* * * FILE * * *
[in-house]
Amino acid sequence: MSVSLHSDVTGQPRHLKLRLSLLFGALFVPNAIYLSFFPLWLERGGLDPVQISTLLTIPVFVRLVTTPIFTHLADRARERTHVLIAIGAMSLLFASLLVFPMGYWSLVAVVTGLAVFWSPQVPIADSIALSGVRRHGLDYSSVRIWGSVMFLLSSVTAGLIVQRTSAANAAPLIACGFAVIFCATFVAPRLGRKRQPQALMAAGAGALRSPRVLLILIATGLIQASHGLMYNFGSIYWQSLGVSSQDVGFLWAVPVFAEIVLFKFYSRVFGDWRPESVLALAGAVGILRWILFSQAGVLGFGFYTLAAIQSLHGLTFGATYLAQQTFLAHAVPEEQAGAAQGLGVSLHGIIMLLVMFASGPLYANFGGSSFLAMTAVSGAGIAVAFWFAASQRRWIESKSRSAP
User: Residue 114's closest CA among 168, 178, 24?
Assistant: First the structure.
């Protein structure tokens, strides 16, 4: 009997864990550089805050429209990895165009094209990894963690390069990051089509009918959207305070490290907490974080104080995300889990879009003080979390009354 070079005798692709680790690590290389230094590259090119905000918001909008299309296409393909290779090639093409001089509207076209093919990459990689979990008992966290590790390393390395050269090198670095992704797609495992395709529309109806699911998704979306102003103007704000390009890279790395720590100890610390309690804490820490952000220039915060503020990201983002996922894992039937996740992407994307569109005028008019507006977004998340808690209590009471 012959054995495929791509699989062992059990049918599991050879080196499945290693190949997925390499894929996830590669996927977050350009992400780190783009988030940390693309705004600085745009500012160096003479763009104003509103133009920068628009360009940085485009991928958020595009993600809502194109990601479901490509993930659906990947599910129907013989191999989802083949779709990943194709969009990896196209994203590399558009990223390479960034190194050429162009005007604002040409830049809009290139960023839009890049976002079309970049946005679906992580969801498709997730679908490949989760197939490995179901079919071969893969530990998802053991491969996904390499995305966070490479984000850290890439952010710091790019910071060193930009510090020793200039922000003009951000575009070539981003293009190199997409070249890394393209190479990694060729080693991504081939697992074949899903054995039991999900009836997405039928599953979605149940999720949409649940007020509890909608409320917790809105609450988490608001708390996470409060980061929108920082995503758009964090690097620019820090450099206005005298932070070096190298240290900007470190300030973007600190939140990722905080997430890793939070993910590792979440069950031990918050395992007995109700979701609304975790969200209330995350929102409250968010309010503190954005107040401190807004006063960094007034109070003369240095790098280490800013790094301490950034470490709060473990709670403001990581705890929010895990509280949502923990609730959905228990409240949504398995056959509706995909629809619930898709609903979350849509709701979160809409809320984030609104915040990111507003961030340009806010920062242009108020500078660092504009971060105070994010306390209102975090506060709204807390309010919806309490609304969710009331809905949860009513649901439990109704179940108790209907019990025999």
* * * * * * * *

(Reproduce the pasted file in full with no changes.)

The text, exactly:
[in-house]
Amino acid sequence: MSVSLHSDVTGQPRHLKLRLSLLFGALFVPNAIYLSFFPLWLERGGLDPVQISTLLTIPVFVRLVTTPIFTHLADRARERTHVLIAIGAMSLLFASLLVFPMGYWSLVAVVTGLAVFWSPQVPIADSIALSGVRRHGLDYSSVRIWGSVMFLLSSVTAGLIVQRTSAANAAPLIACGFAVIFCATFVAPRLGRKRQPQALMAAGAGALRSPRVLLILIATGLIQASHGLMYNFGSIYWQSLGVSSQDVGFLWAVPVFAEIVLFKFYSRVFGDWRPESVLALAGAVGILRWILFSQAGVLGFGFYTLAAIQSLHGLTFGATYLAQQTFLAHAVPEEQAGAAQGLGVSLHGIIMLLVMFASGPLYANFGGSSFLAMTAVSGAGIAVAFWFAASQRRWIESKSRSAP
User: Residue 114's closest CA among 168, 178, 24?
Assistant: First the structure.
């Protein structure tokens, strides 16, 4: 009997864990550089805050429209990895165009094209990894963690390069990051089509009918959207305070490290907490974080104080995300889990879009003080979390009354 070079005798692709680790690590290389230094590259090119905000918001909008299309296409393909290779090639093409001089509207076209093919990459990689979990008992966290590790390393390395050269090198670095992704797609495992395709529309109806699911998704979306102003103007704000390009890279790395720590100890610390309690804490820490952000220039915060503020990201983002996922894992039937996740992407994307569109005028008019507006977004998340808690209590009471 012959054995495929791509699989062992059990049918599991050879080196499945290693190949997925390499894929996830590669996927977050350009992400780190783009988030940390693309705004600085745009500012160096003479763009104003509103133009920068628009360009940085485009991928958020595009993600809502194109990601479901490509993930659906990947599910129907013989191999989802083949779709990943194709969009990896196209994203590399558009990223390479960034190194050429162009005007604002040409830049809009290139960023839009890049976002079309970049946005679906992580969801498709997730679908490949989760197939490995179901079919071969893969530990998802053991491969996904390499995305966070490479984000850290890439952010710091790019910071060193930009510090020793200039922000003009951000575009070539981003293009190199997409070249890394393209190479990694060729080693991504081939697992074949899903054995039991999900009836997405039928599953979605149940999720949409649940007020509890909608409320917790809105609450988490608001708390996470409060980061929108920082995503758009964090690097620019820090450099206005005298932070070096190298240290900007470190300030973007600190939140990722905080997430890793939070993910590792979440069950031990918050395992007995109700979701609304975790969200209330995350929102409250968010309010503190954005107040401190807004006063960094007034109070003369240095790098280490800013790094301490950034470490709060473990709670403001990581705890929010895990509280949502923990609730959905228990409240949504398995056959509706995909629809619930898709609903979350849509709701979160809409809320984030609104915040990111507003961030340009806010920062242009108020500078660092504009971060105070994010306390209102975090506060709204807390309010919806309490609304969710009331809905949860009513649901439990109704179940108790209907019990025999």